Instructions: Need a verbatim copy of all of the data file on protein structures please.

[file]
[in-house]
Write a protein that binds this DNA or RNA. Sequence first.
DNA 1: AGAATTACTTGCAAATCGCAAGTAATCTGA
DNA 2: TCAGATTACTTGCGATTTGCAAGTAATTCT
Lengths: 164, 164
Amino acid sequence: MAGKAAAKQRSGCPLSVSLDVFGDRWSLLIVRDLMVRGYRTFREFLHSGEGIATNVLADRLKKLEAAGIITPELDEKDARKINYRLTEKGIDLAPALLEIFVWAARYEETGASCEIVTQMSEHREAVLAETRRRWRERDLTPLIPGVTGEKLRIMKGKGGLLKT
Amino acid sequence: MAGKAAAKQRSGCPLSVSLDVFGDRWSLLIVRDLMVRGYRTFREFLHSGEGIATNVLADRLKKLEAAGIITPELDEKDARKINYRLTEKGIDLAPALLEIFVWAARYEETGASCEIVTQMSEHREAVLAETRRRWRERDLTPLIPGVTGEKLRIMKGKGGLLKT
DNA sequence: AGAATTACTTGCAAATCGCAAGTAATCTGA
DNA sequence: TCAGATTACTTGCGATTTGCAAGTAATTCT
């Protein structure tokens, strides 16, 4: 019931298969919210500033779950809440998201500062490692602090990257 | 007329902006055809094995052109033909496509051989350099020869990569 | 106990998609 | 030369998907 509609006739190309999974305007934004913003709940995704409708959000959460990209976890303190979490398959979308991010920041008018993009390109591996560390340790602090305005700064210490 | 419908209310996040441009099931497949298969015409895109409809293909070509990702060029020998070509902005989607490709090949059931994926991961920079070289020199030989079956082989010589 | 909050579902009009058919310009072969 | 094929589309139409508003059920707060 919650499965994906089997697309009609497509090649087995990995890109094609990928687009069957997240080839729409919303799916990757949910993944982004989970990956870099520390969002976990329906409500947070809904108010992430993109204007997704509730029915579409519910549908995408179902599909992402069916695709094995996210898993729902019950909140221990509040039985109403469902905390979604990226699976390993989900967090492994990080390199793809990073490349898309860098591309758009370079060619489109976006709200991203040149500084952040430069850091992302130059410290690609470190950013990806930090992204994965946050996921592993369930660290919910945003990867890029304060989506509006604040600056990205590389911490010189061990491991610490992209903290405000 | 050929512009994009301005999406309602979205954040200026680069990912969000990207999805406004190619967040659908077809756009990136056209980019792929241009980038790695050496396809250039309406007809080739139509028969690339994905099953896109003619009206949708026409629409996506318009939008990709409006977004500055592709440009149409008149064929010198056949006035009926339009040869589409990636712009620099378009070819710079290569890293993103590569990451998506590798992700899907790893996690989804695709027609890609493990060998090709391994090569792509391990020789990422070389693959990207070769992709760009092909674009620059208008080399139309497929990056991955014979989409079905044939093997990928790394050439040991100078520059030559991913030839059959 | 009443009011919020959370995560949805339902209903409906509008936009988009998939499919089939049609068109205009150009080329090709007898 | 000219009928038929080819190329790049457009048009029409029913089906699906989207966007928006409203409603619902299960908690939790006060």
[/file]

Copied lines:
[in-house]
Write a protein that binds this DNA or RNA. Sequence first.
DNA 1: AGAATTACTTGCAAATCGCAAGTAATCTGA
DNA 2: TCAGATTACTTGCGATTTGCAAGTAATTCT
Lengths: 164, 164
Amino acid sequence: MAGKAAAKQRSGCPLSVSLDVFGDRWSLLIVRDLMVRGYRTFREFLHSGEGIATNVLADRLKKLEAAGIITPELDEKDARKINYRLTEKGIDLAPALLEIFVWAARYEETGASCEIVTQMSEHREAVLAETRRRWRERDLTPLIPGVTGEKLRIMKGKGGLLKT
Amino acid sequence: MAGKAAAKQRSGCPLSVSLDVFGDRWSLLIVRDLMVRGYRTFREFLHSGEGIATNVLADRLKKLEAAGIITPELDEKDARKINYRLTEKGIDLAPALLEIFVWAARYEETGASCEIVTQMSEHREAVLAETRRRWRERDLTPLIPGVTGEKLRIMKGKGGLLKT
DNA sequence: AGAATTACTTGCAAATCGCAAGTAATCTGA
DNA sequence: TCAGATTACTTGCGATTTGCAAGTAATTCT
């Protein structure tokens, strides 16, 4: 019931298969919210500033779950809440998201500062490692602090990257 | 007329902006055809094995052109033909496509051989350099020869990569 | 106990998609 | 030369998907 509609006739190309999974305007934004913003709940995704409708959000959460990209976890303190979490398959979308991010920041008018993009390109591996560390340790602090305005700064210490 | 419908209310996040441009099931497949298969015409895109409809293909070509990702060029020998070509902005989607490709090949059931994926991961920079070289020199030989079956082989010589 | 909050579902009009058919310009072969 | 094929589309139409508003059920707060 919650499965994906089997697309009609497509090649087995990995890109094609990928687009069957997240080839729409919303799916990757949910993944982004989970990956870099520390969002976990329906409500947070809904108010992430993109204007997704509730029915579409519910549908995408179902599909992402069916695709094995996210898993729902019950909140221990509040039985109403469902905390979604990226699976390993989900967090492994990080390199793809990073490349898309860098591309758009370079060619489109976006709200991203040149500084952040430069850091992302130059410290690609470190950013990806930090992204994965946050996921592993369930660290919910945003990867890029304060989506509006604040600056990205590389911490010189061990491991610490992209903290405000 | 050929512009994009301005999406309602979205954040200026680069990912969000990207999805406004190619967040659908077809756009990136056209980019792929241009980038790695050496396809250039309406007809080739139509028969690339994905099953896109003619009206949708026409629409996506318009939008990709409006977004500055592709440009149409008149064929010198056949006035009926339009040869589409990636712009620099378009070819710079290569890293993103590569990451998506590798992700899907790893996690989804695709027609890609493990060998090709391994090569792509391990020789990422070389693959990207070769992709760009092909674009620059208008080399139309497929990056991955014979989409079905044939093997990928790394050439040991100078520059030559991913030839059959 | 009443009011919020959370995560949805339902209903409906509008936009988009998939499919089939049609068109205009150009080329090709007898 | 000219009928038929080819190329790049457009048009029409029913089906699906989207966007928006409203409603619902299960908690939790006060």